Observation during the holiday travel season: How come commercial airplanes haven’t evolved in 40 or 50 years? I’m flying on the same planes I did when I was a kid. And so are you. Yeah, some have been rehabbed, their cabins reconfigured, Wi-Fi installed, but it’s still your father’s jet plane. The last American Airlines flight I was on had ashtrays built into the seats! It was an old warhorse, the Super 80, one of the most popular planes in American’s fleet. Scratch the word “popular.” I meant common. Like Pigeons. The S80 cannot possibly be popular to anyone. Narrow, short and squat, the plane flies but otherwise is a super drag. Again, like a pigeon.
Hold on Gentle Reader, for this is not a blog about the trials of air travel. God knows there are more than enough of those. What amazes me is why gains in aircraft technology have been so minimal. Most fleets literally are your father’s jet planes… even your Grandfather’s. On the American flight I took to Palm Springs the snowbird sitting next to me said he’d flown the same exact plane to Viet Nam. And it’s not just American Airlines; most carriers employ dated fleets. I’m sure it’s cheaper tweaking old planes versus building new ones but still…
What’s even stranger is that even the newest planes aren’t that different from the oldest. I wonder why. Look at how far personal computing has gone in the same time frame, say from 1960 until now: from cumbersome word processors to an endless array of digital wizardry. Yet, air travel has stayed essentially the same: metal tube, big jets, bad coffee. Where is the Ipad of personal air travel? Sir Richard Branson is taking reservations on flights to the moon but his commercial jets are pretty much the same as any other…from 1975.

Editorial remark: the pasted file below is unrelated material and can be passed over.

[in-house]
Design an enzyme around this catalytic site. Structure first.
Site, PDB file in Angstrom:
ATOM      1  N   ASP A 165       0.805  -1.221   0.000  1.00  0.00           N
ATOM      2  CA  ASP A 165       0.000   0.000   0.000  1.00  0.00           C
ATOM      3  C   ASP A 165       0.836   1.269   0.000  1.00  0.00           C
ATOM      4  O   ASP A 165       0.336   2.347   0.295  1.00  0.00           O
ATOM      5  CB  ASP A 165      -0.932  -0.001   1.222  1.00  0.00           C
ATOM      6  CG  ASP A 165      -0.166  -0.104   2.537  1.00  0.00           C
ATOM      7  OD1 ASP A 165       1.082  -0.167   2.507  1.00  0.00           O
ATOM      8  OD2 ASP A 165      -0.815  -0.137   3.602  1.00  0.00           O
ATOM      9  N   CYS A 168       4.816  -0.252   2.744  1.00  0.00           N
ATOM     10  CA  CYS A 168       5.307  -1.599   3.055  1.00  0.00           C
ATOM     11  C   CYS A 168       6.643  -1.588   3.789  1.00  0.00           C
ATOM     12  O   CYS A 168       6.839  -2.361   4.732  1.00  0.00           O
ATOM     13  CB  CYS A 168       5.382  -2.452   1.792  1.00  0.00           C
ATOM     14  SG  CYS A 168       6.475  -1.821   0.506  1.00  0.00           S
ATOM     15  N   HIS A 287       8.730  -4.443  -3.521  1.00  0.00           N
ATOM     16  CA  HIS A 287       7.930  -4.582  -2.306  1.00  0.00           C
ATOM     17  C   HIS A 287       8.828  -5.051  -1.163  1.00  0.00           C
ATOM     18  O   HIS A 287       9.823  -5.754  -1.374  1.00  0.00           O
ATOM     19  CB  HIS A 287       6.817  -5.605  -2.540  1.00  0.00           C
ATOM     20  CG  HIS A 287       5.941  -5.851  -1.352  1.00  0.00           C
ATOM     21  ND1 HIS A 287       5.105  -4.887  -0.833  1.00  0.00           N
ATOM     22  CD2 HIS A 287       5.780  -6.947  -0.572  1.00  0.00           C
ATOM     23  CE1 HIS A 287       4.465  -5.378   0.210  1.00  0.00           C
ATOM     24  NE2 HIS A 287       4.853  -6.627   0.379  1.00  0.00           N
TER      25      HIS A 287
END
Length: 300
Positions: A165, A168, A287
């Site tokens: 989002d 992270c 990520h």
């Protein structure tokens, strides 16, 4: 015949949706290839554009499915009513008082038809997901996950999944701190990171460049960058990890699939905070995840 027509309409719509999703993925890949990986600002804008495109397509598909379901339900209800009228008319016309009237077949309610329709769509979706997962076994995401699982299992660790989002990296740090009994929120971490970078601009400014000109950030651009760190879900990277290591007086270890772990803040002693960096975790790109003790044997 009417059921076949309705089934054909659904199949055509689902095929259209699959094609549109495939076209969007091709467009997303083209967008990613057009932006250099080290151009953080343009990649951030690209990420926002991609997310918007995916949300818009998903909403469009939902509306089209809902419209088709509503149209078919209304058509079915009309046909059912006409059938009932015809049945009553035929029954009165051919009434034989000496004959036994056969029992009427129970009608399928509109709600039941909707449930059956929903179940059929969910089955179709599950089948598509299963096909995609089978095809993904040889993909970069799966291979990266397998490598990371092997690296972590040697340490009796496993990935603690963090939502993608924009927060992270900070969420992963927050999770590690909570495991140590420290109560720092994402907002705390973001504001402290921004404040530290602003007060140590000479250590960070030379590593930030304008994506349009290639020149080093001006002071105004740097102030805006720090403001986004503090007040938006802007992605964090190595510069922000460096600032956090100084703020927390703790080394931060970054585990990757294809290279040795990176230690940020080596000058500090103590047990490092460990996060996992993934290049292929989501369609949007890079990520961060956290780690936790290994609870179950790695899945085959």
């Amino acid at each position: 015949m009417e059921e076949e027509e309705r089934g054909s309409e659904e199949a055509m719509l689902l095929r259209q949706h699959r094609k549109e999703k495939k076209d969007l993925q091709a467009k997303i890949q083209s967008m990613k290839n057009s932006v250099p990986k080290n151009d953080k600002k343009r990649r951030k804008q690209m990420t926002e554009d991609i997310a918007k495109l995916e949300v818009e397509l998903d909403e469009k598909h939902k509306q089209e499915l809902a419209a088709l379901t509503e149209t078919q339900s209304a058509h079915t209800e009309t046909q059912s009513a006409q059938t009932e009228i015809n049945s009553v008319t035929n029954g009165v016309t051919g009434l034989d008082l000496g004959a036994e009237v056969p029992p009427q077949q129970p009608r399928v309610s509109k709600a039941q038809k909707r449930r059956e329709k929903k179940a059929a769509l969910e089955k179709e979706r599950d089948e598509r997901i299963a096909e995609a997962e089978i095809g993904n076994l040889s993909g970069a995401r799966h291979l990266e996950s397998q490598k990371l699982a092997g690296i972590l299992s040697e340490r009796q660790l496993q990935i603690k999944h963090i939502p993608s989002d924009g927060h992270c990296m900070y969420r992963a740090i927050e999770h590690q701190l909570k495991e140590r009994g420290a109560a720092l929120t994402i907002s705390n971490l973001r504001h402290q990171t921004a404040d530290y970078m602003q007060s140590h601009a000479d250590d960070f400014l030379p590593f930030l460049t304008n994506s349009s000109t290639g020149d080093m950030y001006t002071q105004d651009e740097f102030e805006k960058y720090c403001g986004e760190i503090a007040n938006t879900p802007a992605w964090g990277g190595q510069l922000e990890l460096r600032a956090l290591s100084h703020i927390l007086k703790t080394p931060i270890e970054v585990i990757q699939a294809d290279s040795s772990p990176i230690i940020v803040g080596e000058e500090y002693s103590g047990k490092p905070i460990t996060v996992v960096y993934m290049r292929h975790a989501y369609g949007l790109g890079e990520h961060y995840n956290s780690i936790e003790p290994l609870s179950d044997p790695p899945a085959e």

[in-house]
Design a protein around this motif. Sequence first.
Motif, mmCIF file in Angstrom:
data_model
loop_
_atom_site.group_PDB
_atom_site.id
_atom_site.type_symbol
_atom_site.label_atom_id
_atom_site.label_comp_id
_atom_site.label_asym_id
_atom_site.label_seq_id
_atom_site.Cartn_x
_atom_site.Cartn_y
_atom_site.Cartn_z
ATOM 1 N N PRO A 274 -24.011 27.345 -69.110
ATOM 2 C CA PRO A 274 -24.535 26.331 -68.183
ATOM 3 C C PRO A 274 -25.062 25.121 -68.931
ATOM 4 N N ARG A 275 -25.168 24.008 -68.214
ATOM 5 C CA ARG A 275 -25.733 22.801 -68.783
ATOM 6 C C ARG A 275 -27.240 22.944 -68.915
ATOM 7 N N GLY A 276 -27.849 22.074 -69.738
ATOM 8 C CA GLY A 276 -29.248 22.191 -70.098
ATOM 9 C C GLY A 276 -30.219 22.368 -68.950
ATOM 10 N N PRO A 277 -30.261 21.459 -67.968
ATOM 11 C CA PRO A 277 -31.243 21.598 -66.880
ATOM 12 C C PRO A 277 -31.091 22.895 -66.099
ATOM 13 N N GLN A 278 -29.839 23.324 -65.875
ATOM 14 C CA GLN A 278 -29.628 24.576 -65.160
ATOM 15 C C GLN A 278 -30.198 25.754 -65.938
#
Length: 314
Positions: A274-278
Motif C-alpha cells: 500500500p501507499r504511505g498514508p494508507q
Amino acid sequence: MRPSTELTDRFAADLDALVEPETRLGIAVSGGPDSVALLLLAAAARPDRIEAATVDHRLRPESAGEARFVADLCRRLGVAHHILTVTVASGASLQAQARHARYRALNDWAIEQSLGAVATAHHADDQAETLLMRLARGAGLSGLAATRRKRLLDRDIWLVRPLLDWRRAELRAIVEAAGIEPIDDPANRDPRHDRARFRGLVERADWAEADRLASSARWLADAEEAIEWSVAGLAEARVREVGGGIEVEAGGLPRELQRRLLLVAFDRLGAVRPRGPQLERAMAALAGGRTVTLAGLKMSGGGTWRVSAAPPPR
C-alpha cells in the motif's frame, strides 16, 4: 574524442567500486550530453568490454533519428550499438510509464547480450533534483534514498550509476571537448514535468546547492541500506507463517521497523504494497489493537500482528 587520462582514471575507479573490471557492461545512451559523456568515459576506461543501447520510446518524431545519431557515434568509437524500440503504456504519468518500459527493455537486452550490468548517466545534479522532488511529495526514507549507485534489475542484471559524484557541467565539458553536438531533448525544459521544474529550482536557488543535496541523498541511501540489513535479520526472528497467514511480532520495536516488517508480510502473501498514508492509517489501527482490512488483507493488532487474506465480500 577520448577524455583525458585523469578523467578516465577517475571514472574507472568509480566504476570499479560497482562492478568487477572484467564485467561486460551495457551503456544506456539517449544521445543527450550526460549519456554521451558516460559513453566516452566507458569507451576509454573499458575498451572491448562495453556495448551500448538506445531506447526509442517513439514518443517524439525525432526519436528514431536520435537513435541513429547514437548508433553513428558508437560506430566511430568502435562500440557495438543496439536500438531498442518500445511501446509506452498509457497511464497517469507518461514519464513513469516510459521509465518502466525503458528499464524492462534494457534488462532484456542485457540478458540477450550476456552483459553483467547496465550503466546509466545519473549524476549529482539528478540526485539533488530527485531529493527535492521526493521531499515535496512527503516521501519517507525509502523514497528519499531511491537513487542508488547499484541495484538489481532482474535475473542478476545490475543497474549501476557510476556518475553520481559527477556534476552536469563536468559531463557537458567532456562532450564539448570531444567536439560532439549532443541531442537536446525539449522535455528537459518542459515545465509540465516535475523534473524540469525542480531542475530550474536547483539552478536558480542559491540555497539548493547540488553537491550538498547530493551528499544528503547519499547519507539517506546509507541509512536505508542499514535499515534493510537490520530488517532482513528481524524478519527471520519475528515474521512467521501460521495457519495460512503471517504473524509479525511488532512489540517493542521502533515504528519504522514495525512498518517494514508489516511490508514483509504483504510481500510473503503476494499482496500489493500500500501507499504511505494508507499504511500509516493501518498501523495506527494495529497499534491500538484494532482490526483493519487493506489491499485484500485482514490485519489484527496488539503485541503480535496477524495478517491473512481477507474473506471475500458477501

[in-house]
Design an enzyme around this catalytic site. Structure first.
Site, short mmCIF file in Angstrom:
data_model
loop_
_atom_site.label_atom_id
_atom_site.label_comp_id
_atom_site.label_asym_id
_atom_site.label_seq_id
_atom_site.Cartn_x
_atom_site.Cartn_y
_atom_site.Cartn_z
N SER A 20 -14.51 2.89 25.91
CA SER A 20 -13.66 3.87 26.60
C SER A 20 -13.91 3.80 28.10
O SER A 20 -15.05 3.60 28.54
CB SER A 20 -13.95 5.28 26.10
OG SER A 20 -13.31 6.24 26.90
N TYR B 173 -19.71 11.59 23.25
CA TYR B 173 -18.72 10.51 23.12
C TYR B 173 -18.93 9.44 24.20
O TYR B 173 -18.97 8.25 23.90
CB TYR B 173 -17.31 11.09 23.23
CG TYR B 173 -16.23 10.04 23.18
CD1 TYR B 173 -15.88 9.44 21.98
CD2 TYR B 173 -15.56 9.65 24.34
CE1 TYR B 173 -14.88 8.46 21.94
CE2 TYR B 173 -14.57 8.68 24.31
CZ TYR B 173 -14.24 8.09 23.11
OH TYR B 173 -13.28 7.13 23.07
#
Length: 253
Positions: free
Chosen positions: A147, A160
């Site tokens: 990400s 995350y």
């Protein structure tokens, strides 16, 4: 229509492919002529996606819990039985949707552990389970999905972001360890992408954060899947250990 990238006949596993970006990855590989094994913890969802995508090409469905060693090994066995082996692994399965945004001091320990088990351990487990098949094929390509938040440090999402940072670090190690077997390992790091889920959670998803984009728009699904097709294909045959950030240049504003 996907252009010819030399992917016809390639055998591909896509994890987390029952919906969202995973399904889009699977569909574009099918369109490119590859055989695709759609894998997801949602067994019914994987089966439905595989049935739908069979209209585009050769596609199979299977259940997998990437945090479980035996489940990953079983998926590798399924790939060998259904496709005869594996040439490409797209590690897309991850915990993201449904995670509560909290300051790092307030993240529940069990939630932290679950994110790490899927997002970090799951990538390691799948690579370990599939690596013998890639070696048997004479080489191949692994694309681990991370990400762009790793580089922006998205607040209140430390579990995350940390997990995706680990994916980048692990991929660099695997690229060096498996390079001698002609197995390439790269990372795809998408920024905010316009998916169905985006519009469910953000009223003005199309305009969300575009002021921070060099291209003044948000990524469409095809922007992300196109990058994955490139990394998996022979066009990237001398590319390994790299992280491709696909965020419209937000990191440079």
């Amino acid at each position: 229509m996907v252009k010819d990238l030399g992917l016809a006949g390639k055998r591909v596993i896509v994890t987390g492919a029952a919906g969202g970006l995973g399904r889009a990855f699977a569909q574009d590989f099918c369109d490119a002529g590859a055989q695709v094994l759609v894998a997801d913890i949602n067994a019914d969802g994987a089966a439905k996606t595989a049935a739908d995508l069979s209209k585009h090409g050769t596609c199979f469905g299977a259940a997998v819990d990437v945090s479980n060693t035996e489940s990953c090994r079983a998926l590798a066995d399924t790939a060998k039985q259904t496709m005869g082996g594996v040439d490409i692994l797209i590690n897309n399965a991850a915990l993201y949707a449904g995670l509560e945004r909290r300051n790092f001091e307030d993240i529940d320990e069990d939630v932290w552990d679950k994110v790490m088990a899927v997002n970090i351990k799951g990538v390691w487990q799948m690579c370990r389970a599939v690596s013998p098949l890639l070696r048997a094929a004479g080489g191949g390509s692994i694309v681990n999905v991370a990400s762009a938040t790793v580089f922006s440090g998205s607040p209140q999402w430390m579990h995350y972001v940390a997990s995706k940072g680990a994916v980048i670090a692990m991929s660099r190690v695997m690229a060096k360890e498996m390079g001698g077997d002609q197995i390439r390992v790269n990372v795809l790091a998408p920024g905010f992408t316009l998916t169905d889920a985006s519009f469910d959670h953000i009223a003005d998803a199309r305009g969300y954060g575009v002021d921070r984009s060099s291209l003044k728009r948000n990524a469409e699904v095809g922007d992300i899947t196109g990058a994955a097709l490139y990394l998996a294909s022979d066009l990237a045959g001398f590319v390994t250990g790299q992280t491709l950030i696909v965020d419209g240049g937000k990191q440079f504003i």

Ironically, the biggest innovation in airplane technology, the rocket-like Concorde was deemed too expensive, too loud, even too fast (!) for it’s own good, and was discontinued October, 2003.
So, did airplane technology peak in the Mad Men era? You tell me. Next time you board a plane glance into the cockpit.
Check out all those knobs and dials! Do they not resemble the corny control panels from a 50’s sci-fi movie? Hey Flash Gordon, it’s 2011.
December 15, 2010
My opinion, the best TV holiday ad campaign (linked below) this year is for Radio Shack, by Butler Shine Stern & Partners. The idea is simple. Giving the right gifts can make you a superhero. My favorite executions depict various Christmas morning scenarios, whereby gift givers are transformed into mostly ridiculous super heroes, from a transformer-like robot to a flexing wolf boy. The family dog setting the Yule log ablaze via laser eyes is one of many comedic high points.
It’s not the strategy that impresses; we’ve seen it before, many times. For me it’s the execution of these spots that I appreciate. Like the DirecTV NFL Ticket campaign from Deutsch, the work achieves perfection via simple vignettes, attention to detail, good music and winning characters.
Inspired by popular films like Kickass and Scott Pilgrim vs. the World, the superheroes are, as said, ridiculous. They are low on muscles but high on charm. They are laughable caricatures, which makes them and the spots loveable and not just for young hipsters but everyone. No easy feat. Being all-inclusive and funny is almost an oxymoron in today’s bifurcated pop culture. Old and young, gay or straight, minorities; everyone can appreciate these silly personalities.
Better yet, the scheme totally fits the brand image Radio Shack is trying to convey: a simple, small & fun electronics store. Competing with big box retailers like Best Buy and Walmart (let alone Amazon, ABT and others) has to be brutal. Frankly, I’m surprised Radio Shack is still around at all. But I’m glad they are. Not only is the creative entertaining, it also leads me to believe Radio Shack is a viable alternative to the crowded, chaotic and complicated experience of buying electronics anywhere else. Nice job.
View the Radio Shack campaign, courtesy of Adfreak.